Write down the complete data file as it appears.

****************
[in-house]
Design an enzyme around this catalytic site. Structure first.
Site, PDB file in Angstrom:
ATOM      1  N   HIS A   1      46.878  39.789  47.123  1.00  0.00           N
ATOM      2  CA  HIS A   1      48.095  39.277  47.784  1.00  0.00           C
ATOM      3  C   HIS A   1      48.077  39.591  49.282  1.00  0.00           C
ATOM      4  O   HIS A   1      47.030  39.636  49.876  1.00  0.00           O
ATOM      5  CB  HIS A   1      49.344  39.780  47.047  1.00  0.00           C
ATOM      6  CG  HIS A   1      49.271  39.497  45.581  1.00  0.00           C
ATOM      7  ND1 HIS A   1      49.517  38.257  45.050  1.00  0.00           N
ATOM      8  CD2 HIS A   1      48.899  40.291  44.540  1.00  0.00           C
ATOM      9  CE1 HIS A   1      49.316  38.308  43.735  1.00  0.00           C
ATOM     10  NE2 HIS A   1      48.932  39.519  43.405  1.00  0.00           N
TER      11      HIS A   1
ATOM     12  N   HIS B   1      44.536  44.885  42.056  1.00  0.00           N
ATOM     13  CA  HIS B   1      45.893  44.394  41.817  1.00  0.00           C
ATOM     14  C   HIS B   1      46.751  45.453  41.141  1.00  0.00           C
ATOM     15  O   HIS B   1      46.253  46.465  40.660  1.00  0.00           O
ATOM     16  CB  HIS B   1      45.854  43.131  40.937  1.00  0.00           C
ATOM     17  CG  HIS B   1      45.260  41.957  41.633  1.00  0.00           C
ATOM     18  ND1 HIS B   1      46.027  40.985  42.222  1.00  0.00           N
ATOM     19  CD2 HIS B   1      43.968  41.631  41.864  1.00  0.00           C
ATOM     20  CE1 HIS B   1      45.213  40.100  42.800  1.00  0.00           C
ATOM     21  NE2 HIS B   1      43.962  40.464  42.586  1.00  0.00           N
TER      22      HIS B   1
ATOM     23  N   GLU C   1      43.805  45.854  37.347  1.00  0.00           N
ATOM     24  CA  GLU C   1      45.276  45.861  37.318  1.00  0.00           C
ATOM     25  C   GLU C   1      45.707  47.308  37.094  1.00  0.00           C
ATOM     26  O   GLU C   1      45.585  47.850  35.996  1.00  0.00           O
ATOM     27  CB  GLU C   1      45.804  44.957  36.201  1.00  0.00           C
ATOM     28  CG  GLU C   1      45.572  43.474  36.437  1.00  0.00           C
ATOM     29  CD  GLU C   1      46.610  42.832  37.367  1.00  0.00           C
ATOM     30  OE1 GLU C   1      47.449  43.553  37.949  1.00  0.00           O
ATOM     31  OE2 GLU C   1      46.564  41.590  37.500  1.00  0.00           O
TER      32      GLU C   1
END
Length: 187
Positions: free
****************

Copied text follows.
[in-house]
Design an enzyme around this catalytic site. Structure first.
Site, PDB file in Angstrom:
ATOM      1  N   HIS A   1      46.878  39.789  47.123  1.00  0.00           N
ATOM      2  CA  HIS A   1      48.095  39.277  47.784  1.00  0.00           C
ATOM      3  C   HIS A   1      48.077  39.591  49.282  1.00  0.00           C
ATOM      4  O   HIS A   1      47.030  39.636  49.876  1.00  0.00           O
ATOM      5  CB  HIS A   1      49.344  39.780  47.047  1.00  0.00           C
ATOM      6  CG  HIS A   1      49.271  39.497  45.581  1.00  0.00           C
ATOM      7  ND1 HIS A   1      49.517  38.257  45.050  1.00  0.00           N
ATOM      8  CD2 HIS A   1      48.899  40.291  44.540  1.00  0.00           C
ATOM      9  CE1 HIS A   1      49.316  38.308  43.735  1.00  0.00           C
ATOM     10  NE2 HIS A   1      48.932  39.519  43.405  1.00  0.00           N
TER      11      HIS A   1
ATOM     12  N   HIS B   1      44.536  44.885  42.056  1.00  0.00           N
ATOM     13  CA  HIS B   1      45.893  44.394  41.817  1.00  0.00           C
ATOM     14  C   HIS B   1      46.751  45.453  41.141  1.00  0.00           C
ATOM     15  O   HIS B   1      46.253  46.465  40.660  1.00  0.00           O
ATOM     16  CB  HIS B   1      45.854  43.131  40.937  1.00  0.00           C
ATOM     17  CG  HIS B   1      45.260  41.957  41.633  1.00  0.00           C
ATOM     18  ND1 HIS B   1      46.027  40.985  42.222  1.00  0.00           N
ATOM     19  CD2 HIS B   1      43.968  41.631  41.864  1.00  0.00           C
ATOM     20  CE1 HIS B   1      45.213  40.100  42.800  1.00  0.00           C
ATOM     21  NE2 HIS B   1      43.962  40.464  42.586  1.00  0.00           N
TER      22      HIS B   1
ATOM     23  N   GLU C   1      43.805  45.854  37.347  1.00  0.00           N
ATOM     24  CA  GLU C   1      45.276  45.861  37.318  1.00  0.00           C
ATOM     25  C   GLU C   1      45.707  47.308  37.094  1.00  0.00           C
ATOM     26  O   GLU C   1      45.585  47.850  35.996  1.00  0.00           O
ATOM     27  CB  GLU C   1      45.804  44.957  36.201  1.00  0.00           C
ATOM     28  CG  GLU C   1      45.572  43.474  36.437  1.00  0.00           C
ATOM     29  CD  GLU C   1      46.610  42.832  37.367  1.00  0.00           C
ATOM     30  OE1 GLU C   1      47.449  43.553  37.949  1.00  0.00           O
ATOM     31  OE2 GLU C   1      46.564  41.590  37.500  1.00  0.00           O
TER      32      GLU C   1
END
Length: 187
Positions: free